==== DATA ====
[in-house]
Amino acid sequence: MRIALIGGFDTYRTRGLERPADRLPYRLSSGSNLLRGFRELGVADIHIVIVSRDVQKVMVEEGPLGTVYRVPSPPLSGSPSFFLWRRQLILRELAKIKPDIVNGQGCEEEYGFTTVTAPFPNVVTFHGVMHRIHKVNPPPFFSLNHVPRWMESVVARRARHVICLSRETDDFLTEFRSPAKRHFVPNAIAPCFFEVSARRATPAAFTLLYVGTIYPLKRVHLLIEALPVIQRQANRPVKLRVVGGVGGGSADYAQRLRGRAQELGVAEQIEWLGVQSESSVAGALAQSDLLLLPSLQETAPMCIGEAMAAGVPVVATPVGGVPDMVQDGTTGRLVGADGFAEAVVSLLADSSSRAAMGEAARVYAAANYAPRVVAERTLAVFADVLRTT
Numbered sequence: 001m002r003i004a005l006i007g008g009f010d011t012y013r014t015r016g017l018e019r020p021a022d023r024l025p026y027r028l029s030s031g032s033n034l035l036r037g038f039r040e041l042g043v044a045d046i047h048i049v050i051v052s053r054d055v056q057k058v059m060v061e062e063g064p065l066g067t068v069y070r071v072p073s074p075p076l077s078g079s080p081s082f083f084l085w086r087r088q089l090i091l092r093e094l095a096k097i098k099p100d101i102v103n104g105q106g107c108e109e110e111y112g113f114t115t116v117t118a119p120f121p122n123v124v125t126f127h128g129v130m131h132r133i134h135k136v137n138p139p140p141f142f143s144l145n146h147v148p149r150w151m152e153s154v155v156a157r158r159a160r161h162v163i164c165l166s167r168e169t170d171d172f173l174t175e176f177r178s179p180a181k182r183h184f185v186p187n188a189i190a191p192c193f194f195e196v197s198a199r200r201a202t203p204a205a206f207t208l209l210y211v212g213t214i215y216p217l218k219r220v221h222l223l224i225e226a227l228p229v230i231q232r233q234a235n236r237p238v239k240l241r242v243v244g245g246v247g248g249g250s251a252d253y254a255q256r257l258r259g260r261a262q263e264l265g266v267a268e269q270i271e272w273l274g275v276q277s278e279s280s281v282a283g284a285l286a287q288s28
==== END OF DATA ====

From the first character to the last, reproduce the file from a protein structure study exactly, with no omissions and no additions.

[in-house]
Amino acid sequence: MRIALIGGFDTYRTRGLERPADRLPYRLSSGSNLLRGFRELGVADIHIVIVSRDVQKVMVEEGPLGTVYRVPSPPLSGSPSFFLWRRQLILRELAKIKPDIVNGQGCEEEYGFTTVTAPFPNVVTFHGVMHRIHKVNPPPFFSLNHVPRWMESVVARRARHVICLSRETDDFLTEFRSPAKRHFVPNAIAPCFFEVSARRATPAAFTLLYVGTIYPLKRVHLLIEALPVIQRQANRPVKLRVVGGVGGGSADYAQRLRGRAQELGVAEQIEWLGVQSESSVAGALAQSDLLLLPSLQETAPMCIGEAMAAGVPVVATPVGGVPDMVQDGTTGRLVGADGFAEAVVSLLADSSSRAAMGEAARVYAAANYAPRVVAERTLAVFADVLRTT
Numbered sequence: 001m002r003i004a005l006i007g008g009f010d011t012y013r014t015r016g017l018e019r020p021a022d023r024l025p026y027r028l029s030s031g032s033n034l035l036r037g038f039r040e041l042g043v044a045d046i047h048i049v050i051v052s053r054d055v056q057k058v059m060v061e062e063g064p065l066g067t068v069y070r071v072p073s074p075p076l077s078g079s080p081s082f083f084l085w086r087r088q089l090i091l092r093e094l095a096k097i098k099p100d101i102v103n104g105q106g107c108e109e110e111y112g113f114t115t116v117t118a119p120f121p122n123v124v125t126f127h128g129v130m131h132r133i134h135k136v137n138p139p140p141f142f143s144l145n146h147v148p149r150w151m152e153s154v155v156a157r158r159a160r161h162v163i164c165l166s167r168e169t170d171d172f173l174t175e176f177r178s179p180a181k182r183h184f185v186p187n188a189i190a191p192c193f194f195e196v197s198a199r200r201a202t203p204a205a206f207t208l209l210y211v212g213t214i215y216p217l218k219r220v221h222l223l224i225e226a227l228p229v230i231q232r233q234a235n236r237p238v239k240l241r242v243v244g245g246v247g248g249g250s251a252d253y254a255q256r257l258r259g260r261a262q263e264l265g266v267a268e269q270i271e272w273l274g275v276q277s278e279s280s281v282a283g284a285l286a287q288s28